In 2013 and 2015, Cottage Health experienced two security incidents that resulted in the exposure of the electronic protected health information (ePHI) of 62,500 patients.

In 2013, Cottage Health discovered a server containing patients’ ePHI had not been properly secured. Files containing patients’ ePHI could be accessed over the internet without the need for a username or password. Files on the server contained patient names, addresses, dates of birth, diagnoses, conditions, lab test results and other treatment information.

Another server misconfiguration was discovered in 2015. After responding to a troubleshooting ticket, the IT team removed protection on a server which similarly exposed patients’ ePHI over the internet. Patient names, addresses, dates of birth, social security numbers, diagnoses, conditions, and other treatment information could all be accessed without a username or password.

OCR investigated the breaches and Cottage Health’s HIPAA compliance efforts. OCR determined that Cottage Health had failed to conduct a comprehensive, organization-wide risk analysis to determine risks and vulnerabilities to the confidentiality, integrity, and availability of ePHI, as required by 45 C.F.R. § 164.308(a)(l)(ii)(A).

Risks and vulnerabilities had not been reduced to a reasonable and acceptable level, as required by 45 C.F.R. § 164.308(a)(l )(ii)(B).

Periodic technical and non-technical evaluations following environmental or operational changes had not been conducted, which violated 45 C.F.R. § 164.308(a)(8).

OCR also discovered Cottage Health had not entered into a HIPAA-complaint business associate agreement (BAA) with a contractor that maintained ePHI: A violation of 45 C.F.R. § 164.308(b) and 164.502(e).

In addition to the financial penalty, Cottage Health has agreed to adopt a 3-year Corrective Action Plan (CAP). The CAP requires Cottage Health to conduct a comprehensive, organization-wide risk analysis to determine all risks to the confidentiality, integrity, and availability of ePHI. Cottage Health must also develop and implement a risk management plan to address all security risks and vulnerabilities identified during the risk analysis. The risk analysis must be reviewed annually and following any environmental or operational changes. A process for evaluating environmental or operational changes must also be implemented.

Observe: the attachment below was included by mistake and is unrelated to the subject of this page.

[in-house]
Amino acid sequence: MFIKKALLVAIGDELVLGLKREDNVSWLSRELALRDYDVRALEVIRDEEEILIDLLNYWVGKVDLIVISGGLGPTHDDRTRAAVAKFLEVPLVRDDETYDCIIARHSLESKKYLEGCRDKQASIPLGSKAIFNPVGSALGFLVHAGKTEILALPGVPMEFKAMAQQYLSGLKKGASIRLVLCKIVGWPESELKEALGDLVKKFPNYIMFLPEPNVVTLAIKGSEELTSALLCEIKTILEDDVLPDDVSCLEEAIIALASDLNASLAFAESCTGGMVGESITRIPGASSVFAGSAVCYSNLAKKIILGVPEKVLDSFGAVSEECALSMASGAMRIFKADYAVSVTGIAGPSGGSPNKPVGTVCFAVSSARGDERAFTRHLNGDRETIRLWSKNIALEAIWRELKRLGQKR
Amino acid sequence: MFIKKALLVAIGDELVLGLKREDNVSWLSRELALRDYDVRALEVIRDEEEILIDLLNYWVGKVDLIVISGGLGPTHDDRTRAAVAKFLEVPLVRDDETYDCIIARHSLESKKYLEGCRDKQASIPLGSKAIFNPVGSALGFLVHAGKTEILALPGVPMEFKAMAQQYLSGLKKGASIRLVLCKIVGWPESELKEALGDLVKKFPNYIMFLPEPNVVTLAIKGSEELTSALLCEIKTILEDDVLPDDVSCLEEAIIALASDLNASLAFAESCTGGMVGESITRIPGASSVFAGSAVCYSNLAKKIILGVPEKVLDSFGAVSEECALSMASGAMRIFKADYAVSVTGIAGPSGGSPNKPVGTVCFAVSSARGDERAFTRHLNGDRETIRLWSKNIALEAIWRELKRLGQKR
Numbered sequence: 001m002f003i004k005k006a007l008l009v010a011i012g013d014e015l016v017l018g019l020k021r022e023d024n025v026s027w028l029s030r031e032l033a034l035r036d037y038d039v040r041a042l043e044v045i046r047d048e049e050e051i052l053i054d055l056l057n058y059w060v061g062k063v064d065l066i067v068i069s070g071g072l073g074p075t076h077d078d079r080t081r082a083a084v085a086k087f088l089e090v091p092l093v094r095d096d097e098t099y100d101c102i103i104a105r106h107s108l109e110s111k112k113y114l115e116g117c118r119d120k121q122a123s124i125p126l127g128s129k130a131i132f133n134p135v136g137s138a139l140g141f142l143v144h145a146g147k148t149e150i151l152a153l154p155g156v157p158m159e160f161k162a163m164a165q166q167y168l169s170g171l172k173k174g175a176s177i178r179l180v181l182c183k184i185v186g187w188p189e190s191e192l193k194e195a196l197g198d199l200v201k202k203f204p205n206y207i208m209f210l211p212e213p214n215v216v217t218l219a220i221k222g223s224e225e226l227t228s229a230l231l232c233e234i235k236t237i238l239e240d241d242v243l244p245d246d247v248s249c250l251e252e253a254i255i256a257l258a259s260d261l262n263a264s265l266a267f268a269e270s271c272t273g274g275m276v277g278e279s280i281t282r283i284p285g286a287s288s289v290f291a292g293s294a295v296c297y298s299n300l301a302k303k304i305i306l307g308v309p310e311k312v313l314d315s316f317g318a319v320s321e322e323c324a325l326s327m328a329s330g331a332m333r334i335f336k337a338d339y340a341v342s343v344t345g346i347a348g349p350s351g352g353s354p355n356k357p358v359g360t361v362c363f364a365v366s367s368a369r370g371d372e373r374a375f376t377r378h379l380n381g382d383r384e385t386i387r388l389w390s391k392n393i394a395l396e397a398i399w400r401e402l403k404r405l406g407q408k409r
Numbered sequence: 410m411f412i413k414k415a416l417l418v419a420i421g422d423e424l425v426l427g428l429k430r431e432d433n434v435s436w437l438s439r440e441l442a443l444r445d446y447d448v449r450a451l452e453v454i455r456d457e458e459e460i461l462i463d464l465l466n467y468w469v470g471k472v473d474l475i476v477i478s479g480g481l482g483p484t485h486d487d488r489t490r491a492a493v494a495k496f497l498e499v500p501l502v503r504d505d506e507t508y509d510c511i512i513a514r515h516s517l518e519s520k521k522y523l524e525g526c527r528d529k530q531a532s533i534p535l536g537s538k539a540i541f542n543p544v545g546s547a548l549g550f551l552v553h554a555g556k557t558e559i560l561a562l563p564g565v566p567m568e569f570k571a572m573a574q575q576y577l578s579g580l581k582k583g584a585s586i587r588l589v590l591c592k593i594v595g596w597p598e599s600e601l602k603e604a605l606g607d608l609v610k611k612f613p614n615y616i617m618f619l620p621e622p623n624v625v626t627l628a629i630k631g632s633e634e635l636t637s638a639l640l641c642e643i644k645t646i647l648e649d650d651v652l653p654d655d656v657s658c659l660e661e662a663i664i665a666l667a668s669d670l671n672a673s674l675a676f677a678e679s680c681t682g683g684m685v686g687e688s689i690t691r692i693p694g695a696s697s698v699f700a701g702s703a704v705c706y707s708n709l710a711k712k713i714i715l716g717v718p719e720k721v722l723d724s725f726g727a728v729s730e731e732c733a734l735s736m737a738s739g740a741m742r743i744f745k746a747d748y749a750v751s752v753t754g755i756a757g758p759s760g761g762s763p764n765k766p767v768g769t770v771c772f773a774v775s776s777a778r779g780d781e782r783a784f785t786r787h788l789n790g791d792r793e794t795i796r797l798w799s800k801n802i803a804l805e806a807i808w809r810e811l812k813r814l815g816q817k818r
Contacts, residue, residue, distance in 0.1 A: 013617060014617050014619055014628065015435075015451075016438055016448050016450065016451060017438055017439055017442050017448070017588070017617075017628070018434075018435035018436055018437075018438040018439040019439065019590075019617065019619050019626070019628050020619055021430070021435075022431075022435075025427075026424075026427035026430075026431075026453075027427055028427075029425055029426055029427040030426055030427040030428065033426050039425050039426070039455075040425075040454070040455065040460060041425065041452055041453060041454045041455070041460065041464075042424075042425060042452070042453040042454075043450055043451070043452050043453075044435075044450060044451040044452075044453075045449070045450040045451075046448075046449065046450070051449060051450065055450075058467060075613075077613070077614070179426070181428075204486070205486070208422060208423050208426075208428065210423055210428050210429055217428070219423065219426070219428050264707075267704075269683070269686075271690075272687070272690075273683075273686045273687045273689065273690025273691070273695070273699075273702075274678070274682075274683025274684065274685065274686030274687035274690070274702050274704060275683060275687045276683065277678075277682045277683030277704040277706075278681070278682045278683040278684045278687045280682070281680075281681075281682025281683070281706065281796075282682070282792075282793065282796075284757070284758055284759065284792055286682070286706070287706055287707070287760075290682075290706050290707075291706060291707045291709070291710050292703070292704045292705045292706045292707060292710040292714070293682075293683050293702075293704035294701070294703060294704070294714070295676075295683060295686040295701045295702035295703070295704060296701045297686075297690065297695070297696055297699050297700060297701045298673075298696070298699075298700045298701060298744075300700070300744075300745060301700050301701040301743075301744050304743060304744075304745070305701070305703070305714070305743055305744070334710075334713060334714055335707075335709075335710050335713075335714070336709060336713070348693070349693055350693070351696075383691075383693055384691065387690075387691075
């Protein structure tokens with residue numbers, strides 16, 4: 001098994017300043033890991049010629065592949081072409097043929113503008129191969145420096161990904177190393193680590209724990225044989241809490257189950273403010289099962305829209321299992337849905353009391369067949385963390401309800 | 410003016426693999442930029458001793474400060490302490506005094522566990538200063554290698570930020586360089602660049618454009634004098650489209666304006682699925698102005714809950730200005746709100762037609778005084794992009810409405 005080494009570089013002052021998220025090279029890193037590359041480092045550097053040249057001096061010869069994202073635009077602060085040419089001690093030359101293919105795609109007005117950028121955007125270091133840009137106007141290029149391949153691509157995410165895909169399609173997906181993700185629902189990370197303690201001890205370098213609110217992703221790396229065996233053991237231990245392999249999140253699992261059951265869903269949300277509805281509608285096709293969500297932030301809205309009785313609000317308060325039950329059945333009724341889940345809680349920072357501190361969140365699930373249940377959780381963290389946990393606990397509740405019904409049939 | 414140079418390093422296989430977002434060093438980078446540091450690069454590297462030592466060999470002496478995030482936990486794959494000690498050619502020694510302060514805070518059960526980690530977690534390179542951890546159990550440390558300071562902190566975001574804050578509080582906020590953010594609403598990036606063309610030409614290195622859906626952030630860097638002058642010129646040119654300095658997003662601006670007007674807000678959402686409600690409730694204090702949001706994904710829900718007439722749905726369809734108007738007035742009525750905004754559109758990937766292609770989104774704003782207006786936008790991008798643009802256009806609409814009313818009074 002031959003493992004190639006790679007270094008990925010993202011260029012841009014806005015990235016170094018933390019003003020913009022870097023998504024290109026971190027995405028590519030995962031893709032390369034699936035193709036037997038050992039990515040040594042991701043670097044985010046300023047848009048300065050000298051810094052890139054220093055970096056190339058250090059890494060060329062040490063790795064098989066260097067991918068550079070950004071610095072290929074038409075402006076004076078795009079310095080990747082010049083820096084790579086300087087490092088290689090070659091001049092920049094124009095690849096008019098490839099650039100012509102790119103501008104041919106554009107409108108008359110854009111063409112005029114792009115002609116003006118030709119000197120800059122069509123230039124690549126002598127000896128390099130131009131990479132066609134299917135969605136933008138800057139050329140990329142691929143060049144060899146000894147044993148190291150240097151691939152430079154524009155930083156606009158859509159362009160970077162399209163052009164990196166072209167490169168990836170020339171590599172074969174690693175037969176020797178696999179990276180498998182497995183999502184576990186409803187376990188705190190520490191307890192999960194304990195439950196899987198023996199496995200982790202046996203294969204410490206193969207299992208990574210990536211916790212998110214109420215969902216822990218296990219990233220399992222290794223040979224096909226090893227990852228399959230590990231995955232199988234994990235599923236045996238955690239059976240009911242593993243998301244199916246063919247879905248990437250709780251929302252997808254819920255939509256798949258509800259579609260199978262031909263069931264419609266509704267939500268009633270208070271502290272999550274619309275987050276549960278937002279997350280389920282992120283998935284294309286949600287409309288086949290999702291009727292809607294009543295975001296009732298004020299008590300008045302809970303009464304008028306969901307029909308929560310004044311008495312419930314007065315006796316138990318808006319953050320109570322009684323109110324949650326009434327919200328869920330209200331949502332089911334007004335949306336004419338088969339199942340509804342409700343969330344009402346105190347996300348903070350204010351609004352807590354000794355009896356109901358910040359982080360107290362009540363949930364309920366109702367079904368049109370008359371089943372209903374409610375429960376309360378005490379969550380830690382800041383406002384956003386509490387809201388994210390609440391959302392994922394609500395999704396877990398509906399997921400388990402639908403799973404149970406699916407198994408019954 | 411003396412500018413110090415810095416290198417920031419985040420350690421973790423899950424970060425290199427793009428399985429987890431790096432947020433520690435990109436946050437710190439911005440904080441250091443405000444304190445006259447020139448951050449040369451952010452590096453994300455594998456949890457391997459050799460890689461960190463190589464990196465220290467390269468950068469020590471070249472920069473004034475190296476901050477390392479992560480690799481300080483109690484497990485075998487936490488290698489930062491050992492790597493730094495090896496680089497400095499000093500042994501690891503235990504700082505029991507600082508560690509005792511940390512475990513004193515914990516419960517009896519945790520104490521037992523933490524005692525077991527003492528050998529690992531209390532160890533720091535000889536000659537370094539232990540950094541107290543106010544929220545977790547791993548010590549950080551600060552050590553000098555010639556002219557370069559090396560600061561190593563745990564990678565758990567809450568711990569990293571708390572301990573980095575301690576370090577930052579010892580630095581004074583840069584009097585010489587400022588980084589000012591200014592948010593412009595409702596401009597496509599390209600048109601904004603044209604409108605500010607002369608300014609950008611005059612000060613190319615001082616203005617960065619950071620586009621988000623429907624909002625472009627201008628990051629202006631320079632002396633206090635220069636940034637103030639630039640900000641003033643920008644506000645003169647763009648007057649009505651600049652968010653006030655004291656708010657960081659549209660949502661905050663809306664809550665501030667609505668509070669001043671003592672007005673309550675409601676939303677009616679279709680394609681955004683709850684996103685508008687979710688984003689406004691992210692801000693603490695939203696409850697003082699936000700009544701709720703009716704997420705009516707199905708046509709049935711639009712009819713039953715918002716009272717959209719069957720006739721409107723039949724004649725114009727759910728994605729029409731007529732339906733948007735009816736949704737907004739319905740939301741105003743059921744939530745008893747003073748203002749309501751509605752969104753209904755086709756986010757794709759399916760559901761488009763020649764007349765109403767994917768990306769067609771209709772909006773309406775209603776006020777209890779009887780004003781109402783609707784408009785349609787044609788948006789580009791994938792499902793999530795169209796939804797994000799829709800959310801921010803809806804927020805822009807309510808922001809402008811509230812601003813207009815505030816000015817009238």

Cottage Health must also develop, implement, and distribute written policies and procedures covering the HIPAA Privacy and Security Rules and must train all staff on the new policies and procedures. Cottage Health must also report to OCR annually on the status of its CAP for the following three years.

“Our record year underscores the need for covered entities to be proactive about data security if they want to avoid being on the wrong end of an enforcement action,” said OCR Director Roger Severino. “The Cottage settlement reminds us that information security is a dynamic process and the risks to ePHI may arise before, during, and after implementation covered entity makes system changes.”

A Record Year for HIPAA Fines and Settlements

It has been a busy year of HIPAA enforcement for OCR. In 2018, 10 settlements have been agreed with HIPAA-covered entities and business associates in response to violations of HIPAA Rules and one civil monetary penalty has been issued. The 11 financial penalties totaled $28,683,400, which exceeded the previous record of $23,505,300 set in 2016 by 22%.

2018 also saw OCR agree the largest ever HIPAA settlement in history. Anthem Inc., settled alleged violations of HIPAA Rules for $16,000,000. The settlement was almost three times larger than the previous record – The $5.5 million settlement with Advocate Health Care Network in 2016.

Further Information: 2018 HIPAA Fines and Settlements

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Wyoming Considers Repealing Hospital Records Act

Wyoming is considering repealing the Hospital Records Act of 1991, an act that was introduced to ensure the privacy of patient information was protected. The law was enacted before the Health Insurance Portability and Accountability Act (HIPAA) of 1996 and provided protections that did not previously exist at the state or federal level.

The Hospital Records Act introduced similar protections for patients those provided by HIPAA. The Act covered disclosures of patient information by hospitals, authorizations from patients prior to disclosure of patient information, the publishing notices of privacy practices, the persons authorized to act on behalf of patients, and security safeguards and rules covering record retention.